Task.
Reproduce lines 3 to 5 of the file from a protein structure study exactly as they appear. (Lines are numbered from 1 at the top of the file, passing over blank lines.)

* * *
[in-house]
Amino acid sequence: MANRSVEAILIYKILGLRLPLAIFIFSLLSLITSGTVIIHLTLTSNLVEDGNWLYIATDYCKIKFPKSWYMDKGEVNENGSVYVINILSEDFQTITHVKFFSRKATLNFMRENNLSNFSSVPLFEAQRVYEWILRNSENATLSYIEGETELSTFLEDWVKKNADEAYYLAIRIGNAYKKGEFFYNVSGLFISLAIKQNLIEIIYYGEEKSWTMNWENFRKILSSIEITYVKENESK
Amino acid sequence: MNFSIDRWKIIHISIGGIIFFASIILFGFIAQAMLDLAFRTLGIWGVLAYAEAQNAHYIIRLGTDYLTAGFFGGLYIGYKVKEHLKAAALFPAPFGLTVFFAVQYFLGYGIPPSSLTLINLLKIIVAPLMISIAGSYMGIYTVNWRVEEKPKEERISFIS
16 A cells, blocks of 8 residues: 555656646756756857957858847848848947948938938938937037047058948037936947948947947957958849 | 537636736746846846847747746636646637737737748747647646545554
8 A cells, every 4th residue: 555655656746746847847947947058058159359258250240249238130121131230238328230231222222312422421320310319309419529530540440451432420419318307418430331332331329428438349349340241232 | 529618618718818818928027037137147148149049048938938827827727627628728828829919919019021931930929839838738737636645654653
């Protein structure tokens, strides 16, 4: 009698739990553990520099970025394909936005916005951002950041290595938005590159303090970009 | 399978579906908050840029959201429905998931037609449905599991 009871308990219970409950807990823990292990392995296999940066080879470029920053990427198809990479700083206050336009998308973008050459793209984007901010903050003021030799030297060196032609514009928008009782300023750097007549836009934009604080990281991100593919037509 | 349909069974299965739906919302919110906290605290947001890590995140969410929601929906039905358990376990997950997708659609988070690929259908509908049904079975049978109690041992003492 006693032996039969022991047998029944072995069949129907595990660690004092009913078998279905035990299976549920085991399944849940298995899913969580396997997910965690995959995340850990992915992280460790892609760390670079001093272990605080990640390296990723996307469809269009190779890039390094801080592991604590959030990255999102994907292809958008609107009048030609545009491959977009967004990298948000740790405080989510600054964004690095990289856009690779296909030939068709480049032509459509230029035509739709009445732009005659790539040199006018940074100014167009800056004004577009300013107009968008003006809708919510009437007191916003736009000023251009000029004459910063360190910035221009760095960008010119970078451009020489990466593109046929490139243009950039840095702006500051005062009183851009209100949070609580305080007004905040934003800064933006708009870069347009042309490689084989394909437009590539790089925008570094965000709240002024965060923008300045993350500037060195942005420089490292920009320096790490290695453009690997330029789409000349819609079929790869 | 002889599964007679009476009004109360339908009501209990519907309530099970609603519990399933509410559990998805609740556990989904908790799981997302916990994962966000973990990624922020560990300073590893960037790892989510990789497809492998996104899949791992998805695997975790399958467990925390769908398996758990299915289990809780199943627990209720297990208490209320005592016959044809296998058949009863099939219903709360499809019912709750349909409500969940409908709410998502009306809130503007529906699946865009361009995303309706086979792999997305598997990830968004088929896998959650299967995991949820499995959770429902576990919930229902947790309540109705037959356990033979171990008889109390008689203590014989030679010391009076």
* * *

Amino acid sequence: MNFSIDRWKIIHISIGGIIFFASIILFGFIAQAMLDLAFRTLGIWGVLAYAEAQNAHYIIRLGTDYLTAGFFGGLYIGYKVKEHLKAAALFPAPFGLTVFFAVQYFLGYGIPPSSLTLINLLKIIVAPLMISIAGSYMGIYTVNWRVEEKPKEERISFIS
16 A cells, blocks of 8 residues: 555656646756756857957858847848848947948938938938937037047058948037936947948947947957958849 | 537636736746846846847747746636646637737737748747647646545554
8 A cells, every 4th residue: 555655656746746847847947947058058159359258250240249238130121131230238328230231222222312422421320310319309419529530540440451432420419318307418430331332331329428438349349340241232 | 529618618718818818928027037137147148149049048938938827827727627628728828829919919019021931930929839838738737636645654653